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Horseback Riding

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Neil Suits

#1
I was never very good at horse back riding. I think that I was generally a little afraid of the horses. Walking the horses was fine, if a bit boring. Trotting would just about knock the stuffing out of you, and could nearly give you a hernia. I understand it can be done in such a way as to be comfortable, but I never learned how. Cantering was a blast, but always over to soon. I have two specific memories of horse back riding at Tosebo. One was in, I think, 1966. The counselor in charge of the horses seemed to know what he was doing. He was a gruff character, normally wore a dirty T-shirt and crumpled hat and was ample in the mid section. There was one particular horse who was definitely spunkier than the rest. I don’t recall his name, but I think he was a Pinto. He had a mean streak in him and you always had to be sure to give him a knee in the belly when you were putting on his saddle or he would take a deep breath only to let it out later so that the saddle wouldn’t be too tight. One time when we were riding, the counselor was on this horse. As we were coming back to the corral, we broke out in a run, as was the usual practice. I was near the back of the pack. After running a while we came to an unexpected halt. I looked to my right and saw the counselor laying on the ground a good twenty feet off the trail. Apparently the Pinto got the best of this crusty ‘cowhand’. In spite of a good knee to the ribs, the horse had held is breath and when we came around a bend the saddle had slipped sideways dumping the counselor on his can. He wasn’t happy about the situation, but he took in his stride and I think vowed to not let that evil horse ever fool him again.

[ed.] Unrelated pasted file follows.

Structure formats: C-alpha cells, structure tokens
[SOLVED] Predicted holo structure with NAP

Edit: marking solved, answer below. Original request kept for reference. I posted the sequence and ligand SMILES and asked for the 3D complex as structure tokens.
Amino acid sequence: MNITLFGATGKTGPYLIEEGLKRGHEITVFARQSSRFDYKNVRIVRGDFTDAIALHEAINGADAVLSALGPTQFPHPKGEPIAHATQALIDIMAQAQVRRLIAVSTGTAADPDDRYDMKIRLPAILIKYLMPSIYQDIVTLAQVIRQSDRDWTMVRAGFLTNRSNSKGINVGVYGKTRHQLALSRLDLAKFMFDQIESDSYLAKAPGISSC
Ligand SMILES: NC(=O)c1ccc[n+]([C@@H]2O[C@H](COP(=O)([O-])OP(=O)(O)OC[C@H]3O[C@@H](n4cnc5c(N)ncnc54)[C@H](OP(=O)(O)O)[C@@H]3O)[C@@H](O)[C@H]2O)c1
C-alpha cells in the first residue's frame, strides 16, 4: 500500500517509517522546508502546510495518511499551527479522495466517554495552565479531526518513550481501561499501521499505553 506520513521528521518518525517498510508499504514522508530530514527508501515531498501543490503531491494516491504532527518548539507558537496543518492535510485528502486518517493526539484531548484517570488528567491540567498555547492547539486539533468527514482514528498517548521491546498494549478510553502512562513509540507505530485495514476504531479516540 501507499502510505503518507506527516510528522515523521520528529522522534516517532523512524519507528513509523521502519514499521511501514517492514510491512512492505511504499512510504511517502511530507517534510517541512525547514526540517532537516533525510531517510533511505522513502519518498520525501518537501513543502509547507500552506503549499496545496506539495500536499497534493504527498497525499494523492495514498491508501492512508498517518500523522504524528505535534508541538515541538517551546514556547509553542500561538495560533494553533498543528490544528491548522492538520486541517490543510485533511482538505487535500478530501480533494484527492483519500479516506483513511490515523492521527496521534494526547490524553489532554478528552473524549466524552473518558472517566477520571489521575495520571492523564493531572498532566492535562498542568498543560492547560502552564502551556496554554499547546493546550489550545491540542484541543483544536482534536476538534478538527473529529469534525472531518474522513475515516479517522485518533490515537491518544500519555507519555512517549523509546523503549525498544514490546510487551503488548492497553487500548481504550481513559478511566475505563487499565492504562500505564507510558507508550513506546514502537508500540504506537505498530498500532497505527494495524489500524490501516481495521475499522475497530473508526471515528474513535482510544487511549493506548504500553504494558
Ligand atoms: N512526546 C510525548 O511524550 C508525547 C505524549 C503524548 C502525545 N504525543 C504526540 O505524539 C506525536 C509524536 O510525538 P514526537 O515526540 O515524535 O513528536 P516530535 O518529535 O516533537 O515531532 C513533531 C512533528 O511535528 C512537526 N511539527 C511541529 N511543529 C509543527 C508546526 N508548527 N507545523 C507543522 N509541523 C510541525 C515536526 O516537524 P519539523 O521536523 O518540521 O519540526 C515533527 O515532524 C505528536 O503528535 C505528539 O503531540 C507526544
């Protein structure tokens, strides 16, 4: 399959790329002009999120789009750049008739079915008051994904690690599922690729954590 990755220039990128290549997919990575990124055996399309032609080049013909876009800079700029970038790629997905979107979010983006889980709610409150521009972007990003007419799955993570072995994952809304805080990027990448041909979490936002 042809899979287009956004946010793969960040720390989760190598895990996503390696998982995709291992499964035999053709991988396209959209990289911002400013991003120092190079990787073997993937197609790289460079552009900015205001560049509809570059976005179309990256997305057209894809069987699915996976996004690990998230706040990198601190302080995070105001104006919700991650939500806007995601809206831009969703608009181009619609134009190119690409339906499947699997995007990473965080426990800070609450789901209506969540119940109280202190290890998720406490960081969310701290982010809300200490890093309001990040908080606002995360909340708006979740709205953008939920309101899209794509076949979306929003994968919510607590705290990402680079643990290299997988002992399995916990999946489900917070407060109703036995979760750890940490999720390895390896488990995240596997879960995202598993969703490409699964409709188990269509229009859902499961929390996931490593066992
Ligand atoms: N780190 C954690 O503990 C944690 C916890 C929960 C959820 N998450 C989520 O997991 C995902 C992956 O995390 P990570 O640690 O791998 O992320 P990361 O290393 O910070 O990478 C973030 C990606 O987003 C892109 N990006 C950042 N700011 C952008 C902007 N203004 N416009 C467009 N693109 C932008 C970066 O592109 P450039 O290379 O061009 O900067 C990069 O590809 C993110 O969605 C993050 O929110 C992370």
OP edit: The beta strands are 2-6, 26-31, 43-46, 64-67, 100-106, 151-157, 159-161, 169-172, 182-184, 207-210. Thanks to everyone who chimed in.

My other memory of horseback riding was from the same year. One of the campers was a favorite target of the counselor. I don’t recall whether it was deserved or not, but in any case he was always being taken to task for some screw up or another. Once when we were out riding, the counselor noticed that the camper had lost the horse blanket. This was a problem because it caused chafing on the horse’s back. Finding the lost blanket wasn’t going to straightforward since we had been riding out in an open field and not just on the trails. He gave the camper **** and told me and one of the other more ‘responsible’ campers (this may have been Steve Rathford) that he would take the others back to the corral while we went looking for the lost blanket. He also told us in no uncertain terms that were to take it easy on the horses. He may have even said not to run them. The others left and my companion and I started back over the open field looking for the blanket. We walked the horses slowly until the others were out of sight and then looking at each other with great big evil grins we took off like bats out a ****. God what a great feeling of freedom that was: running like the wind, not trail and not staring at the butt of a horse. I suddenly understood why so many people liked horseback riding. Unfortunately, we soon found the blanket and had to return, walking the horses, of course, to give them a rest. After all we weren’t evil, just young boys.

Neil Suits 1964-66
 
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